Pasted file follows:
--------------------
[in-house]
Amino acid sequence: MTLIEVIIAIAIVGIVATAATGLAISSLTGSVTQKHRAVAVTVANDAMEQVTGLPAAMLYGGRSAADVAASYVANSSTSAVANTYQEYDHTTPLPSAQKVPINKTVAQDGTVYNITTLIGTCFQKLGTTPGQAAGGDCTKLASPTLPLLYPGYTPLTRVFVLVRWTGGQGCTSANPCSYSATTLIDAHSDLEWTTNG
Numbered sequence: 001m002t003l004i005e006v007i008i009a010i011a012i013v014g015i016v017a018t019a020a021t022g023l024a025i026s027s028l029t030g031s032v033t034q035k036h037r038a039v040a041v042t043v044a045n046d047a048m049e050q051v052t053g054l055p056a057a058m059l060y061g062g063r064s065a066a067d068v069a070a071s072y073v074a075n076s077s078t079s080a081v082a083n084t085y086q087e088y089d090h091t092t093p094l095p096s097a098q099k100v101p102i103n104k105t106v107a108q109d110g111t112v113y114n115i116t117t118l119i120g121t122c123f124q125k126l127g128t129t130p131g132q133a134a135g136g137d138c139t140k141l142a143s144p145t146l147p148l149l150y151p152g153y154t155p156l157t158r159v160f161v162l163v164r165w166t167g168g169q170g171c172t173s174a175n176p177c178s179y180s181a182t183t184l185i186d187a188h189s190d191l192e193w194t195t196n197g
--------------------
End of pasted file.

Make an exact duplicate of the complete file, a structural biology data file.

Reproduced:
[in-house]
Amino acid sequence: MTLIEVIIAIAIVGIVATAATGLAISSLTGSVTQKHRAVAVTVANDAMEQVTGLPAAMLYGGRSAADVAASYVANSSTSAVANTYQEYDHTTPLPSAQKVPINKTVAQDGTVYNITTLIGTCFQKLGTTPGQAAGGDCTKLASPTLPLLYPGYTPLTRVFVLVRWTGGQGCTSANPCSYSATTLIDAHSDLEWTTNG
Numbered sequence: 001m002t003l004i005e006v007i008i009a010i011a012i013v014g015i016v017a018t019a020a021t022g023l024a025i026s027s028l029t030g031s032v033t034q035k036h037r038a039v040a041v042t043v044a045n046d047a048m049e050q051v052t053g054l055p056a057a058m059l060y061g062g063r064s065a066a067d068v069a070a071s072y073v074a075n076s077s078t079s080a081v082a083n084t085y086q087e088y089d090h091t092t093p094l095p096s097a098q099k100v101p102i103n104k105t106v107a108q109d110g111t112v113y114n115i116t117t118l119i120g121t122c123f124q125k126l127g128t129t130p131g132q133a134a135g136g137d138c139t140k141l142a143s144p145t146l147p148l149l150y151p152g153y154t155p156l157t158r159v160f161v162l163v164r165w166t167g168g169q170g171c172t173s174a175n176p177c178s179y180s181a182t183t184l185i186d187a188h189s190d191l192e193w194t195t196n197g